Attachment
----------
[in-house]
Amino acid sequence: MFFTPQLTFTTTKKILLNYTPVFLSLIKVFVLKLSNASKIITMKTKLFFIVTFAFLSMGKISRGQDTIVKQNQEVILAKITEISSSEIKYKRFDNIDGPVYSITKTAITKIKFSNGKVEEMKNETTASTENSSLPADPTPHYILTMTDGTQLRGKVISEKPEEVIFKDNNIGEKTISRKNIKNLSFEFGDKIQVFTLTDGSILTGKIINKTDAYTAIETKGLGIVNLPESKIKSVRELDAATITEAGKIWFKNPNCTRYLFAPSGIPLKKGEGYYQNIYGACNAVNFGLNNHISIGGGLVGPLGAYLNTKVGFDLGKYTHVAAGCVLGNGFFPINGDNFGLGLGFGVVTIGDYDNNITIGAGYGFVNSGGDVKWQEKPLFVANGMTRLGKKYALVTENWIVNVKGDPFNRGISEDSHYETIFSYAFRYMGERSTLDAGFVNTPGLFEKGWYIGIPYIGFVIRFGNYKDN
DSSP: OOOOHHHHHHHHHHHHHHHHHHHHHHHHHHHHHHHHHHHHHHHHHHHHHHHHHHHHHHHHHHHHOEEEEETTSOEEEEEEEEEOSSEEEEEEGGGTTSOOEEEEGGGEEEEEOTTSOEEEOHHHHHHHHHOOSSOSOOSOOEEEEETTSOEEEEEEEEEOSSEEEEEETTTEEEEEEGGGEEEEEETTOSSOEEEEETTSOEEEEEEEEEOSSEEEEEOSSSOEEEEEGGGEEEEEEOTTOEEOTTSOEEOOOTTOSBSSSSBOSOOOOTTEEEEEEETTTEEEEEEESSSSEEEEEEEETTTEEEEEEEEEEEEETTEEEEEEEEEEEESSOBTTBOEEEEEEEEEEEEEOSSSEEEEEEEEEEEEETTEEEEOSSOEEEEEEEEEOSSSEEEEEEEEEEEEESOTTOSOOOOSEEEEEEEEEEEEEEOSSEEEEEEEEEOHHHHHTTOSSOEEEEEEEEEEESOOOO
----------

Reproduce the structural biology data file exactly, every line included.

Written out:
[in-house]
Amino acid sequence: MFFTPQLTFTTTKKILLNYTPVFLSLIKVFVLKLSNASKIITMKTKLFFIVTFAFLSMGKISRGQDTIVKQNQEVILAKITEISSSEIKYKRFDNIDGPVYSITKTAITKIKFSNGKVEEMKNETTASTENSSLPADPTPHYILTMTDGTQLRGKVISEKPEEVIFKDNNIGEKTISRKNIKNLSFEFGDKIQVFTLTDGSILTGKIINKTDAYTAIETKGLGIVNLPESKIKSVRELDAATITEAGKIWFKNPNCTRYLFAPSGIPLKKGEGYYQNIYGACNAVNFGLNNHISIGGGLVGPLGAYLNTKVGFDLGKYTHVAAGCVLGNGFFPINGDNFGLGLGFGVVTIGDYDNNITIGAGYGFVNSGGDVKWQEKPLFVANGMTRLGKKYALVTENWIVNVKGDPFNRGISEDSHYETIFSYAFRYMGERSTLDAGFVNTPGLFEKGWYIGIPYIGFVIRFGNYKDN
DSSP: OOOOHHHHHHHHHHHHHHHHHHHHHHHHHHHHHHHHHHHHHHHHHHHHHHHHHHHHHHHHHHHHOEEEEETTSOEEEEEEEEEOSSEEEEEEGGGTTSOOEEEEGGGEEEEEOTTSOEEEOHHHHHHHHHOOSSOSOOSOOEEEEETTSOEEEEEEEEEOSSEEEEEETTTEEEEEEGGGEEEEEETTOSSOEEEEETTSOEEEEEEEEEOSSEEEEEOSSSOEEEEEGGGEEEEEEOTTOEEOTTSOEEOOOTTOSBSSSSBOSOOOOTTEEEEEEETTTEEEEEEESSSSEEEEEEEETTTEEEEEEEEEEEEETTEEEEEEEEEEEESSOBTTBOEEEEEEEEEEEEEOSSSEEEEEEEEEEEEETTEEEEOSSOEEEEEEEEEOSSSEEEEEEEEEEEEESOTTOSOOOOSEEEEEEEEEEEEEEOSSEEEEEEEEEOHHHHHTTOSSOEEEEEEEEEEESOOOO